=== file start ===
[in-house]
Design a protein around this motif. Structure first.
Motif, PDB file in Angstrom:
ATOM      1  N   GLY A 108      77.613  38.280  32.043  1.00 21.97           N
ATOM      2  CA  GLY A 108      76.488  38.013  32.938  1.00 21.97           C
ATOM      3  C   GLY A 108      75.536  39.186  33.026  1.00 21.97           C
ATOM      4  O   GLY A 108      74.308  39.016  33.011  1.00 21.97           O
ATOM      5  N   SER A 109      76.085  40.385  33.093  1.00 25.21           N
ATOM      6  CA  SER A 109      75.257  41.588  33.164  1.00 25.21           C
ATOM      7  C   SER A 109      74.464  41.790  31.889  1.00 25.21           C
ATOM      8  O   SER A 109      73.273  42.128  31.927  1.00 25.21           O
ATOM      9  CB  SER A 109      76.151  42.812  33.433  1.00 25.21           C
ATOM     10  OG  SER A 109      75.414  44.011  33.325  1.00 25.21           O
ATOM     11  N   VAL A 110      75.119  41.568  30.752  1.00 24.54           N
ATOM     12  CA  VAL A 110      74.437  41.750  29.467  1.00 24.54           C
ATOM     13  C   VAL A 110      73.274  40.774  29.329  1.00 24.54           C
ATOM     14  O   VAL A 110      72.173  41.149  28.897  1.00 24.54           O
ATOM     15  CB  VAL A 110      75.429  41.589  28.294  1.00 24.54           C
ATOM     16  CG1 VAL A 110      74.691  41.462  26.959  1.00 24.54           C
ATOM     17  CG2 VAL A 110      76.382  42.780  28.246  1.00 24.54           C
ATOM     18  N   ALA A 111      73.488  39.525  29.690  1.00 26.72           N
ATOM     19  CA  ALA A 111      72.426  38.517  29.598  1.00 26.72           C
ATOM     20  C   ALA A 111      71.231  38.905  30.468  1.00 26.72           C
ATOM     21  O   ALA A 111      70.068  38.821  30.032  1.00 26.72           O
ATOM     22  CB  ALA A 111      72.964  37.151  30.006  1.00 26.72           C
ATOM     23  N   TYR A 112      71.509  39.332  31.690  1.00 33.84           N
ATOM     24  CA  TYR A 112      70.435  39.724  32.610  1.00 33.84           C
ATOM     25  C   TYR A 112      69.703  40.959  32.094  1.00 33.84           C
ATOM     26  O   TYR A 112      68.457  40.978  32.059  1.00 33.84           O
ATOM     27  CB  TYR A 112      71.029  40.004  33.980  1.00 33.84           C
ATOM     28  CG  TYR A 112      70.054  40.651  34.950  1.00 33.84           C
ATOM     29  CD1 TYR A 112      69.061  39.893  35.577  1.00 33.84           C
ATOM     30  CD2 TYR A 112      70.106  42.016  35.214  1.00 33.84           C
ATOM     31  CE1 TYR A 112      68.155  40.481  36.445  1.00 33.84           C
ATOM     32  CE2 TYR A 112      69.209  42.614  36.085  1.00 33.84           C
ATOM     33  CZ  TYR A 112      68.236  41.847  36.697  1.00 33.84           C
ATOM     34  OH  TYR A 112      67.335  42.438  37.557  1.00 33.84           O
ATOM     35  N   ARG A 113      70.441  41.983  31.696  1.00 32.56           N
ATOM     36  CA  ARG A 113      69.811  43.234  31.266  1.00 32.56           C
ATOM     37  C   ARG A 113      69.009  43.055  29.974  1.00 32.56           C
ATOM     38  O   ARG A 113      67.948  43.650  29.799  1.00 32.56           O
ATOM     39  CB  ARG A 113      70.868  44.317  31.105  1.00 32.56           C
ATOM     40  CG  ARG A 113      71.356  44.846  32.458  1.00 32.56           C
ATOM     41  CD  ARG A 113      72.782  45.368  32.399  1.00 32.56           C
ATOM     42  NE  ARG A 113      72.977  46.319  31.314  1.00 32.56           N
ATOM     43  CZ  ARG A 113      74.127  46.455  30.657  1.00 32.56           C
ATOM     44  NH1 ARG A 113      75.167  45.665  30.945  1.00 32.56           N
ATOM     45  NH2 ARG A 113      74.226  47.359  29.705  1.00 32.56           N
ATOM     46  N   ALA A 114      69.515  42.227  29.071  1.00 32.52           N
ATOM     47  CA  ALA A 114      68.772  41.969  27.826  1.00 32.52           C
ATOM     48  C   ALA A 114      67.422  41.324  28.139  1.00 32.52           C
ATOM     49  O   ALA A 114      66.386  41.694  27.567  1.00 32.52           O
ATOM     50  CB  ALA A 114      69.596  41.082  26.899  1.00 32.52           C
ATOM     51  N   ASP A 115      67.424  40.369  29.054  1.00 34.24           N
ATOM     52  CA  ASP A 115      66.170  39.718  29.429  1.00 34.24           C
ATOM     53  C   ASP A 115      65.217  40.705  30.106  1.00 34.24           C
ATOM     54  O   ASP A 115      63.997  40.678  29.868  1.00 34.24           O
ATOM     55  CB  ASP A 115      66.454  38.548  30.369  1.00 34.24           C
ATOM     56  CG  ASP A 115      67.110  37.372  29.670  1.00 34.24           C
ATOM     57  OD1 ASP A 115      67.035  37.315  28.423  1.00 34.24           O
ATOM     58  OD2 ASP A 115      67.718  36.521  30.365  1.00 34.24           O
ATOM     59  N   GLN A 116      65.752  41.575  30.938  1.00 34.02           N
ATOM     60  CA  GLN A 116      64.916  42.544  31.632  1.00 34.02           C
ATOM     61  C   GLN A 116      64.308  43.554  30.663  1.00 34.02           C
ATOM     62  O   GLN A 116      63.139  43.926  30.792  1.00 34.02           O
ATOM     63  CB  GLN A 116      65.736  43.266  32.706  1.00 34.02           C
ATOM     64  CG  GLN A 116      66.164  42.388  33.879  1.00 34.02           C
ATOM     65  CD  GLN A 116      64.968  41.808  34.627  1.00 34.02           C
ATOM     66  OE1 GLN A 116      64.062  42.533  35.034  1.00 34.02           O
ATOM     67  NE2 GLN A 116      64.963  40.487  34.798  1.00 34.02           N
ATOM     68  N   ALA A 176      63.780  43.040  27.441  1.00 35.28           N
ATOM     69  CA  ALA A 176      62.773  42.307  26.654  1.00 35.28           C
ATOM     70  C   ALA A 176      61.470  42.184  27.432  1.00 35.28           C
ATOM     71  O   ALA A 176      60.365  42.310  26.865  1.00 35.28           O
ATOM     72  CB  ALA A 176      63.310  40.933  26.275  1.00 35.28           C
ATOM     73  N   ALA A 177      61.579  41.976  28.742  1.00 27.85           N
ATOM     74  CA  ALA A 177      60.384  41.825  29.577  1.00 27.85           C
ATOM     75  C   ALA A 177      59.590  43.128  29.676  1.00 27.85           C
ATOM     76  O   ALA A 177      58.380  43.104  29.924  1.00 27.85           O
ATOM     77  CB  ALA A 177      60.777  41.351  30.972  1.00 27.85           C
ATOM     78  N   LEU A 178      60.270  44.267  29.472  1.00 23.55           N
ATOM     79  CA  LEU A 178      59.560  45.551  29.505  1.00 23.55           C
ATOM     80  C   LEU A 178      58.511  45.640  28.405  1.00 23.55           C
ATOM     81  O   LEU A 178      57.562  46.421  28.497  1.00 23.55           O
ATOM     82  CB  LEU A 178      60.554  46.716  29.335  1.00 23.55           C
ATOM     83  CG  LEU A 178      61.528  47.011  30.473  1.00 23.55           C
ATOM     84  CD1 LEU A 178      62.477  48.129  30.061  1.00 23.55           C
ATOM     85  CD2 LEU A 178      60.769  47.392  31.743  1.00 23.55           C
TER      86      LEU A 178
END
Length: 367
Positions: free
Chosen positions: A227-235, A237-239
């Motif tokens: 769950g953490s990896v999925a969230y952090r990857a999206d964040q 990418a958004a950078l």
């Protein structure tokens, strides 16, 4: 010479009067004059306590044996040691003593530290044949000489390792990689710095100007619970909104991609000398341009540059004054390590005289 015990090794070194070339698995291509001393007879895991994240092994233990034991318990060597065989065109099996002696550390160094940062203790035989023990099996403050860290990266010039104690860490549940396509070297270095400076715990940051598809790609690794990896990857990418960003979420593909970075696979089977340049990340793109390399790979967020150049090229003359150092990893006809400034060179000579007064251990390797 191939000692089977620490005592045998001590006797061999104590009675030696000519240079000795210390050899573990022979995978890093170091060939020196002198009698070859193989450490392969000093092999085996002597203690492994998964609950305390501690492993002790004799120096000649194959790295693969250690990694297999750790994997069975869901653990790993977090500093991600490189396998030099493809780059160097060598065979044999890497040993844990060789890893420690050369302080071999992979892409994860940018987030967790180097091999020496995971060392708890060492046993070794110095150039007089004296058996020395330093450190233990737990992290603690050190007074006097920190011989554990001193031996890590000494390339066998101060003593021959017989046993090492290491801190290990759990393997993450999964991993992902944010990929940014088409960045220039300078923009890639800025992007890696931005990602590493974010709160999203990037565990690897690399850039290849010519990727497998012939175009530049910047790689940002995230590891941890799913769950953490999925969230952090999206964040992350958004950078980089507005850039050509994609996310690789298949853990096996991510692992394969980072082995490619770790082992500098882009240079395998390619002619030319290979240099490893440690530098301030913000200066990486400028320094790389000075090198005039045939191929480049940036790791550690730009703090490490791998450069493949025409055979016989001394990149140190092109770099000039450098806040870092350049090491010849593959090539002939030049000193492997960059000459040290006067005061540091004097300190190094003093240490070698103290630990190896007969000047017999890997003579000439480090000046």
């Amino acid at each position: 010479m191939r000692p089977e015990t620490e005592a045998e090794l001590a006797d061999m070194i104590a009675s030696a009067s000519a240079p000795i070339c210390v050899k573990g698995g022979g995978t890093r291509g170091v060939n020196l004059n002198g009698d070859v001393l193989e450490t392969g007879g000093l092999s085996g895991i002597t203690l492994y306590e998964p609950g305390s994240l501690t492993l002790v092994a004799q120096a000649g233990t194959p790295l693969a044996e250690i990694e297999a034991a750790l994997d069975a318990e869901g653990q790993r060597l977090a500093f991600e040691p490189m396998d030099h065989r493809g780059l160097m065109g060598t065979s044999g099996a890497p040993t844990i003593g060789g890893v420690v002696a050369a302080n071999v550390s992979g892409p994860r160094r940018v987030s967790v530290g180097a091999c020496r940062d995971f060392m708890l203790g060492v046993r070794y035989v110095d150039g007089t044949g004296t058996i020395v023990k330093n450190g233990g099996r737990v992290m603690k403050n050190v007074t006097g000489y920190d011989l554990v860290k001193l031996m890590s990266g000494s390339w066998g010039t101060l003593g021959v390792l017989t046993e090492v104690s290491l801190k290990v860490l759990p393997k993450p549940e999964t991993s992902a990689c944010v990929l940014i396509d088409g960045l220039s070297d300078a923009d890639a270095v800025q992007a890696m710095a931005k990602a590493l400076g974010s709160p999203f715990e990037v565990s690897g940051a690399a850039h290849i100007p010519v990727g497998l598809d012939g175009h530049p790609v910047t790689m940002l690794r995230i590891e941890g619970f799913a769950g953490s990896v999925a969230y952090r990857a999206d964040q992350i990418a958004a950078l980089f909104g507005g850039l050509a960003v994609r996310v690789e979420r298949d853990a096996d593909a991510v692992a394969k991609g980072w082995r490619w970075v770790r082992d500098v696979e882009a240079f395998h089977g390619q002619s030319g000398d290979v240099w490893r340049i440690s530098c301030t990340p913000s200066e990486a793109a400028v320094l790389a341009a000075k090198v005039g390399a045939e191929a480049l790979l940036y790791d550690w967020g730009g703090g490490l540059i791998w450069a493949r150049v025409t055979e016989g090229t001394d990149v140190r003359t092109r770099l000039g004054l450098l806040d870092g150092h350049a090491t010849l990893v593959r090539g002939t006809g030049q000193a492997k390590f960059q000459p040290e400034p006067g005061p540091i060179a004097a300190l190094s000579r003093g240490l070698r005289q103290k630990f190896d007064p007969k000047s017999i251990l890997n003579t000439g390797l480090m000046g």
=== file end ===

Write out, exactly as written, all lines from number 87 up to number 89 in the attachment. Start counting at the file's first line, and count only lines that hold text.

ATOM     84  CD1 LEU A 178      62.477  48.129  30.061  1.00 23.55           C
ATOM     85  CD2 LEU A 178      60.769  47.392  31.743  1.00 23.55           C
TER      86      LEU A 178